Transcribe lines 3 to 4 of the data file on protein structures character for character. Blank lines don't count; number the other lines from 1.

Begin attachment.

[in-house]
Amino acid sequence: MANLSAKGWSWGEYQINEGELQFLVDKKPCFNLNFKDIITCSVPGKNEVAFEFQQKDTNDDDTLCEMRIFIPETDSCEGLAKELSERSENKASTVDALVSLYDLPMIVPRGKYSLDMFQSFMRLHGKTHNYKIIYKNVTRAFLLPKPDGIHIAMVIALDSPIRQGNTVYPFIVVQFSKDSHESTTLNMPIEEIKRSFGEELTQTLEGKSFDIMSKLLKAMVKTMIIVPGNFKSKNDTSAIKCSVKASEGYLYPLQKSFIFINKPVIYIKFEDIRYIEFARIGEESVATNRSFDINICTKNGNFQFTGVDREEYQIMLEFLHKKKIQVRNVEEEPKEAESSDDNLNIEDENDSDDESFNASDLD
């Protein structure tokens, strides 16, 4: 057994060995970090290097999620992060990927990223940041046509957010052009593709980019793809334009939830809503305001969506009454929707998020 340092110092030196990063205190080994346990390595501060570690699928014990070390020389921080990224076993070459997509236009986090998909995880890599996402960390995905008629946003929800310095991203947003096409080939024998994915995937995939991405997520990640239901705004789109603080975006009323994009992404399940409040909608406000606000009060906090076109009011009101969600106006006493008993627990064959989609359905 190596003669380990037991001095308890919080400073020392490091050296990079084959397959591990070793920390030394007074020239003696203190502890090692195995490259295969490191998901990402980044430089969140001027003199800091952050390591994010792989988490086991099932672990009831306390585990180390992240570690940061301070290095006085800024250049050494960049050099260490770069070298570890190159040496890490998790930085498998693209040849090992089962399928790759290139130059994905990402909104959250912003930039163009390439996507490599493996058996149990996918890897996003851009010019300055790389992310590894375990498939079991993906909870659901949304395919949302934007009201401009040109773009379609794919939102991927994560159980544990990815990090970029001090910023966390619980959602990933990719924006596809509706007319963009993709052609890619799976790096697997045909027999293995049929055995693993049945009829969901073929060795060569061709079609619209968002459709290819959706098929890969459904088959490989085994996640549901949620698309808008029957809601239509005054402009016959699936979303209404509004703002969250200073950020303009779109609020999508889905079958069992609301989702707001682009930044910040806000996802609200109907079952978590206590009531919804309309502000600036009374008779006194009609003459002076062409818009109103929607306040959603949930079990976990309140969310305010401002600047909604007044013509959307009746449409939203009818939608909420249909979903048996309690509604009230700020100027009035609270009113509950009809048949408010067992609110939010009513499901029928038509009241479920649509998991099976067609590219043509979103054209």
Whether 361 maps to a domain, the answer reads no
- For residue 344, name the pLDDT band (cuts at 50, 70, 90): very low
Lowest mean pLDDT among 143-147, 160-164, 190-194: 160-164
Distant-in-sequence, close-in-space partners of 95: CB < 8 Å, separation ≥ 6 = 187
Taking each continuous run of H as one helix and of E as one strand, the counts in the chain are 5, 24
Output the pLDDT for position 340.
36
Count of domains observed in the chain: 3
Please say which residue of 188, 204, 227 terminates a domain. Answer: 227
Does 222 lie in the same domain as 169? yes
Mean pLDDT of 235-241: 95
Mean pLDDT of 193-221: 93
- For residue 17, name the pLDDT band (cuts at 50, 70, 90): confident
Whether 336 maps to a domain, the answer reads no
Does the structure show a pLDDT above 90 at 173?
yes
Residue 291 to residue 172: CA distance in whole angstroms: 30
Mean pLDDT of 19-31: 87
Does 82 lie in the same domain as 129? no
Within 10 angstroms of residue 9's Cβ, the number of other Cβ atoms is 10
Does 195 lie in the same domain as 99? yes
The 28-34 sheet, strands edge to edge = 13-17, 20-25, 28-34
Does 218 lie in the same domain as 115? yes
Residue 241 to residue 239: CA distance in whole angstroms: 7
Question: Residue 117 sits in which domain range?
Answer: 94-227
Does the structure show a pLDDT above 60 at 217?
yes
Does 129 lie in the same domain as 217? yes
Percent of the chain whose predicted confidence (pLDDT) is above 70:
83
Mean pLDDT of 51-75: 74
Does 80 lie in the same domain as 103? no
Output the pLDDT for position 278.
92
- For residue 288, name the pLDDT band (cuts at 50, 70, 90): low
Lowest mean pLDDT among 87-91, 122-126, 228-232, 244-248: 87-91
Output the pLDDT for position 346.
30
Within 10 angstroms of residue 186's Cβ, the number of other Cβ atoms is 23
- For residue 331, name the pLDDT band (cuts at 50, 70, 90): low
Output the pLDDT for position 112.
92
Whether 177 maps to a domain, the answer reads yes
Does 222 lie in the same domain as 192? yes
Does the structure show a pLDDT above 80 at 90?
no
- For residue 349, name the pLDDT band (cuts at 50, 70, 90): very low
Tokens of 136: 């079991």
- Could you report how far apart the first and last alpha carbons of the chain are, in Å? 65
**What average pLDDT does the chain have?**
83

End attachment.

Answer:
């Protein structure tokens, strides 16, 4: 057994060995970090290097999620992060990927990223940041046509957010052009593709980019793809334009939830809503305001969506009454929707998020 340092110092030196990063205190080994346990390595501060570690699928014990070390020389921080990224076993070459997509236009986090998909995880890599996402960390995905008629946003929800310095991203947003096409080939024998994915995937995939991405997520990640239901705004789109603080975006009323994009992404399940409040909608406000606000009060906090076109009011009101969600106006006493008993627990064959989609359905 190596003669380990037991001095308890919080400073020392490091050296990079084959397959591990070793920390030394007074020239003696203190502890090692195995490259295969490191998901990402980044430089969140001027003199800091952050390591994010792989988490086991099932672990009831306390585990180390992240570690940061301070290095006085800024250049050494960049050099260490770069070298570890190159040496890490998790930085498998693209040849090992089962399928790759290139130059994905990402909104959250912003930039163009390439996507490599493996058996149990996918890897996003851009010019300055790389992310590894375990498939079991993906909870659901949304395919949302934007009201401009040109773009379609794919939102991927994560159980544990990815990090970029001090910023966390619980959602990933990719924006596809509706007319963009993709052609890619799976790096697997045909027999293995049929055995693993049945009829969901073929060795060569061709079609619209968002459709290819959706098929890969459904088959490989085994996640549901949620698309808008029957809601239509005054402009016959699936979303209404509004703002969250200073950020303009779109609020999508889905079958069992609301989702707001682009930044910040806000996802609200109907079952978590206590009531919804309309502000600036009374008779006194009609003459002076062409818009109103929607306040959603949930079990976990309140969310305010401002600047909604007044013509959307009746449409939203009818939608909420249909979903048996309690509604009230700020100027009035609270009113509950009809048949408010067992609110939010009513499901029928038509009241479920649509998991099976067609590219043509979103054209």
Whether 361 maps to a domain, the answer reads no